To Eat One’s Fill Of Love: Poetry by John Grey

Two Poems

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ROOT CELLAR, NEW ENGLAND, 1832

 

Short, fat, purple gray beets,

cabbage hanging from the ceiling,

potatoes spotted brown like an old man’s head,

round onions, their sting packed hard.

pale-skinned squash,

some jolly parsnips like Christmas bells,

and carrots buried in a crate of sand

to thwart the claws of rats.

 

She sits on a box

in the cool of the root cellar,

eyes this year’s garden bounty.

wonders will it be enough

to last her family through the winter.

 

Once, it was just her and her husband.

And she asked the very same question regarding love.

 

 

AT THE RIGHT TIME

 

the times of day –

morning, midday, afternoon, night

 

the truer times of day –

warmth, inspiration, satisfaction, cozy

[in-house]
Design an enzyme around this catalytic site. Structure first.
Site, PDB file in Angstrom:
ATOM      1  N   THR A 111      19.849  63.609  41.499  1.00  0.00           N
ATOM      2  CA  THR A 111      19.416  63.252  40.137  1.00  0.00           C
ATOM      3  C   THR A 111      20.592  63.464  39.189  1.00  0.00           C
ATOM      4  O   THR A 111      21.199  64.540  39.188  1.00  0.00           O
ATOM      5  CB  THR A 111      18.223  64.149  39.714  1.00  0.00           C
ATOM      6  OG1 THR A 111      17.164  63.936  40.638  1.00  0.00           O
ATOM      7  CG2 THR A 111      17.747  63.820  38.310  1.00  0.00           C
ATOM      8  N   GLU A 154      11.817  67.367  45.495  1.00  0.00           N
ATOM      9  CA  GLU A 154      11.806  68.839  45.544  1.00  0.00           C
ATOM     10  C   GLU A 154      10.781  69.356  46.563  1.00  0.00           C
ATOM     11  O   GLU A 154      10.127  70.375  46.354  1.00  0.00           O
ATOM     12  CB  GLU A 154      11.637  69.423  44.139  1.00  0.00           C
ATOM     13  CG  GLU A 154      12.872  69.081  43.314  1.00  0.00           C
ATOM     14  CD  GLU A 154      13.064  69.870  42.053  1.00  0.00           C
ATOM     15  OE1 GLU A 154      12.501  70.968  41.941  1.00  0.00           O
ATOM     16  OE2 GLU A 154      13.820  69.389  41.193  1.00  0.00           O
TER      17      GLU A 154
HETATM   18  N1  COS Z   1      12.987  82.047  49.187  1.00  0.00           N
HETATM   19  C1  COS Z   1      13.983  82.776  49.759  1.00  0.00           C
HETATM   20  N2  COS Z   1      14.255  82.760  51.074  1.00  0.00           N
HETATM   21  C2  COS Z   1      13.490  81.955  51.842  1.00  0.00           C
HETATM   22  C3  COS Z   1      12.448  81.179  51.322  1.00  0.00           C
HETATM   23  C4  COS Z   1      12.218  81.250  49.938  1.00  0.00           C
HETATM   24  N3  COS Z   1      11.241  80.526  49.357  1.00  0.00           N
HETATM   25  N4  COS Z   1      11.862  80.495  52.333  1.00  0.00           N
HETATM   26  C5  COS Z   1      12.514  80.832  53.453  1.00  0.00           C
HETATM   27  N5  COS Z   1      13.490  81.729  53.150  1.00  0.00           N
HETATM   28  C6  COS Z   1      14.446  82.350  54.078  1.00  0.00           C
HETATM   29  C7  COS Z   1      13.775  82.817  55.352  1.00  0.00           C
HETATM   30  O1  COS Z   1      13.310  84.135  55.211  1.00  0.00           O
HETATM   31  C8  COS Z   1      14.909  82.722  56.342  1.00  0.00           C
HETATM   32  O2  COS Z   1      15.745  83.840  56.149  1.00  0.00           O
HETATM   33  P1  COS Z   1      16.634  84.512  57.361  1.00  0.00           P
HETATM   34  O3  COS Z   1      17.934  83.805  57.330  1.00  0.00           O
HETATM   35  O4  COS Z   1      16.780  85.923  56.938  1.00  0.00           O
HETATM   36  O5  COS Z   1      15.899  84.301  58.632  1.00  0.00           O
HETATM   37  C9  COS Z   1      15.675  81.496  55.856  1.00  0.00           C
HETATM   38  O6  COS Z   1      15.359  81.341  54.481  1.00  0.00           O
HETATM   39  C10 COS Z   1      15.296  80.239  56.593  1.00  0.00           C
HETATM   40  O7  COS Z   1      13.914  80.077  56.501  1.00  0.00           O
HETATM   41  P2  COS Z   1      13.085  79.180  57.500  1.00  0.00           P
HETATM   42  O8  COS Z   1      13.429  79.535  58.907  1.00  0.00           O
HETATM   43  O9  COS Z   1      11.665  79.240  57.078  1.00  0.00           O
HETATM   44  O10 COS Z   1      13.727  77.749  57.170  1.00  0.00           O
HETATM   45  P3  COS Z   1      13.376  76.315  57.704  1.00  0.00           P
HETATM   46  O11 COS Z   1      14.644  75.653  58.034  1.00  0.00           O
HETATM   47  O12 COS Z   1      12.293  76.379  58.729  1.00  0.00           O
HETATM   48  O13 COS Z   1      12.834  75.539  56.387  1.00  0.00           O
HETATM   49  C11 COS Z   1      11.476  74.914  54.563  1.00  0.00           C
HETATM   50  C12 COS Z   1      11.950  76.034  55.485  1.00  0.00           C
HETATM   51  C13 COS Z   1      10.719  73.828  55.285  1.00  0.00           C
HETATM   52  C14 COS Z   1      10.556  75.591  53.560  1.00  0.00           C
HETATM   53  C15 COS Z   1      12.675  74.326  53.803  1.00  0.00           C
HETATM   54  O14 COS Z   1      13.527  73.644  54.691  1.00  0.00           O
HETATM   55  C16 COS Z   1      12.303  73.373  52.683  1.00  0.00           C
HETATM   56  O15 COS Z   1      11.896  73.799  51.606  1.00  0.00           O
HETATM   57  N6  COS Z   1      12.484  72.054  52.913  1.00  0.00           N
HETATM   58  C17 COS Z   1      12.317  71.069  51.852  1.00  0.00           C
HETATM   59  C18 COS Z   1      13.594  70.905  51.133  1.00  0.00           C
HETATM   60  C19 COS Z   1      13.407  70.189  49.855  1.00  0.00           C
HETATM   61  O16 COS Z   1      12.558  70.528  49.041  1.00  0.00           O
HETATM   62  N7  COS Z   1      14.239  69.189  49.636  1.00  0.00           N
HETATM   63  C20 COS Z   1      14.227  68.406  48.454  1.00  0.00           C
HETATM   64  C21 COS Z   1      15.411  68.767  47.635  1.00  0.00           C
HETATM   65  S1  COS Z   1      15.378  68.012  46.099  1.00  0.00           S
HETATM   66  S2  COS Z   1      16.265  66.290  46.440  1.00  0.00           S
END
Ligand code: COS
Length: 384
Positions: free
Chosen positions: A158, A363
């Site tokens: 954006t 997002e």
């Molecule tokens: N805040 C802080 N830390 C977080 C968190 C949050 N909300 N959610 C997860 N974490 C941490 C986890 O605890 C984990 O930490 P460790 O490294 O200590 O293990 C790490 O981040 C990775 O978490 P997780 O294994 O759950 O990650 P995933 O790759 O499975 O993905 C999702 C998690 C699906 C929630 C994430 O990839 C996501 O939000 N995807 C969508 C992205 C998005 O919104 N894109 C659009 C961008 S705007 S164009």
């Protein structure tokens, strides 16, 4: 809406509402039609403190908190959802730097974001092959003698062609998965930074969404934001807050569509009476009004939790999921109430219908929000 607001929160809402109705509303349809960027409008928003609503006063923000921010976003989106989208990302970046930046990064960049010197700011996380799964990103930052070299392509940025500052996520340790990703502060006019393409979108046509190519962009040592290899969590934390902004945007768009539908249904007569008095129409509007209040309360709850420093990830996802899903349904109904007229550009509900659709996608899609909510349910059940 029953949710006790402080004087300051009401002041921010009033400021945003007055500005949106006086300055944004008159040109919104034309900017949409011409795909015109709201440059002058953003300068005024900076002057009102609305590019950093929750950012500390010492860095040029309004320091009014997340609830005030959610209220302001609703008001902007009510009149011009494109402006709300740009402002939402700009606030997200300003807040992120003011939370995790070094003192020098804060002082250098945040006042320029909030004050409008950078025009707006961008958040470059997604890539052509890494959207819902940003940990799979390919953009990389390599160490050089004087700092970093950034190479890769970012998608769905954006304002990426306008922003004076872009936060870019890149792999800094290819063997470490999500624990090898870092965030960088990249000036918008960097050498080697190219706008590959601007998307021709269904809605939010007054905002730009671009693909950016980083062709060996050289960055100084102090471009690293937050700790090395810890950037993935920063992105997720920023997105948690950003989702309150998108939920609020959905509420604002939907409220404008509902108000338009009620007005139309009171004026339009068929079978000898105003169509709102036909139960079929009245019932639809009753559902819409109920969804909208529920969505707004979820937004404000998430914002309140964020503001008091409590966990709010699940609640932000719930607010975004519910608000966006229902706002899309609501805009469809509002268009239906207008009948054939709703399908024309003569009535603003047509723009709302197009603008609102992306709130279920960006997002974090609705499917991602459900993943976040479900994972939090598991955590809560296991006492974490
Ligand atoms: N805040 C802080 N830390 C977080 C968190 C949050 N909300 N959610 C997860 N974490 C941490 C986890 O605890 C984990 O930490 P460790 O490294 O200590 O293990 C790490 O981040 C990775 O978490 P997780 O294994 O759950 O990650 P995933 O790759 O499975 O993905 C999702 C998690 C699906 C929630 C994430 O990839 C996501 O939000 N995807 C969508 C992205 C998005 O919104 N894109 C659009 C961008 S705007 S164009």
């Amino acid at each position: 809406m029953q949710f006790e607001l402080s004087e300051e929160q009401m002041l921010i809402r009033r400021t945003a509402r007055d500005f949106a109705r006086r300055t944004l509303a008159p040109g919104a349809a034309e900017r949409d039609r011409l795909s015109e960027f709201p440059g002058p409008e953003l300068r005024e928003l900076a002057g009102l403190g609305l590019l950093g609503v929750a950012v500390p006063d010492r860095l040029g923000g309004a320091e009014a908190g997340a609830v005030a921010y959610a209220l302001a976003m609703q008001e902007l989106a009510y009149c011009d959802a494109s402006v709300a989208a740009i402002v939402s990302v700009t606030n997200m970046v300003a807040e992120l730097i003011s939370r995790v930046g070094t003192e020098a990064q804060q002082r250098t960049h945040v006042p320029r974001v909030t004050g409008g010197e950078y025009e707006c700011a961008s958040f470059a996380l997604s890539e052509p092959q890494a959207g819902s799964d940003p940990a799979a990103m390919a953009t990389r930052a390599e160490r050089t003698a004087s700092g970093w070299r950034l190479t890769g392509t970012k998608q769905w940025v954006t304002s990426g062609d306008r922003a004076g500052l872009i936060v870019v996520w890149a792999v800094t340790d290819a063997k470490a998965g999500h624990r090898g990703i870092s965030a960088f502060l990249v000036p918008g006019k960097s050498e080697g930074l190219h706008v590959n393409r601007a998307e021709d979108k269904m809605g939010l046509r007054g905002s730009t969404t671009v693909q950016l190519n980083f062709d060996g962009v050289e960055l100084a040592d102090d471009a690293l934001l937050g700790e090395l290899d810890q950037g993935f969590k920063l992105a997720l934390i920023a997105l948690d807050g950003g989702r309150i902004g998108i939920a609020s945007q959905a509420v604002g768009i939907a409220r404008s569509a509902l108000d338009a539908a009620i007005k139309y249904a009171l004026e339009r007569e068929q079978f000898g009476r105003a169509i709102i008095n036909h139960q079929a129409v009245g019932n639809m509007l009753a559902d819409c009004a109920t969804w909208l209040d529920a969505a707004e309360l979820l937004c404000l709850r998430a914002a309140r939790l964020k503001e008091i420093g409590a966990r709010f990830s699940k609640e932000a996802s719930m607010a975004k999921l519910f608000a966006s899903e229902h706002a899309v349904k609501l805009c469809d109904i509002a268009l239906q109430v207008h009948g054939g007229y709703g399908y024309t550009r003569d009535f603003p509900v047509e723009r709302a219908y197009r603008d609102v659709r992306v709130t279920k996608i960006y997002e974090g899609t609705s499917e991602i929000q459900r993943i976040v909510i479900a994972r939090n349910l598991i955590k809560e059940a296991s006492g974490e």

and the necessary times of day –

bathroom, bills, disagreement, disappointment

 

and then there’s 9.37 AM

or maybe 11.16PM

 

the first when an oriole

flutters into our yard

 

and the latter

as you roll over in bed,

brush against me momentarily –

 

I feel it my duty

to find names for these times of day –

epiphany, transcendence,

 

right place


John Grey is an Australian poet, US resident. Recently published in New Plains Review, Perceptions and Sanskrit with work upcoming in South Carolina Review, Gargoyle, Owen Wister Review and Louisiana Literature.


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